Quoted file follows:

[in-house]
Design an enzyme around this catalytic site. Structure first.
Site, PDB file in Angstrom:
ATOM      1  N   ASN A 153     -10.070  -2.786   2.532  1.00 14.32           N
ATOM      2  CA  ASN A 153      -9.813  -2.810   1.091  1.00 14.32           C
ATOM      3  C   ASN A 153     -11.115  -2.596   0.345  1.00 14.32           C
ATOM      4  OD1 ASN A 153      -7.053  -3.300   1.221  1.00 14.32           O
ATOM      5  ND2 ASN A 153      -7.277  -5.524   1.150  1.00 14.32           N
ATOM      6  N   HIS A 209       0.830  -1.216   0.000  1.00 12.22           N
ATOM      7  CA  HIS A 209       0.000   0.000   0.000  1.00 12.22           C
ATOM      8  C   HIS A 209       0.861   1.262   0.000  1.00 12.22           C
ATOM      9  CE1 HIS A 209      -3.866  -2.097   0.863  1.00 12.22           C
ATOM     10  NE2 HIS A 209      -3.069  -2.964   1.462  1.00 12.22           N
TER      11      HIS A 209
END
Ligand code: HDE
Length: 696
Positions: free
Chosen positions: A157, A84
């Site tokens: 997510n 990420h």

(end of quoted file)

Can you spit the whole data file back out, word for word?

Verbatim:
[in-house]
Design an enzyme around this catalytic site. Structure first.
Site, PDB file in Angstrom:
ATOM      1  N   ASN A 153     -10.070  -2.786   2.532  1.00 14.32           N
ATOM      2  CA  ASN A 153      -9.813  -2.810   1.091  1.00 14.32           C
ATOM      3  C   ASN A 153     -11.115  -2.596   0.345  1.00 14.32           C
ATOM      4  OD1 ASN A 153      -7.053  -3.300   1.221  1.00 14.32           O
ATOM      5  ND2 ASN A 153      -7.277  -5.524   1.150  1.00 14.32           N
ATOM      6  N   HIS A 209       0.830  -1.216   0.000  1.00 12.22           N
ATOM      7  CA  HIS A 209       0.000   0.000   0.000  1.00 12.22           C
ATOM      8  C   HIS A 209       0.861   1.262   0.000  1.00 12.22           C
ATOM      9  CE1 HIS A 209      -3.866  -2.097   0.863  1.00 12.22           C
ATOM     10  NE2 HIS A 209      -3.069  -2.964   1.462  1.00 12.22           N
TER      11      HIS A 209
END
Ligand code: HDE
Length: 696
Positions: free
Chosen positions: A157, A84
């Site tokens: 997510n 990420h």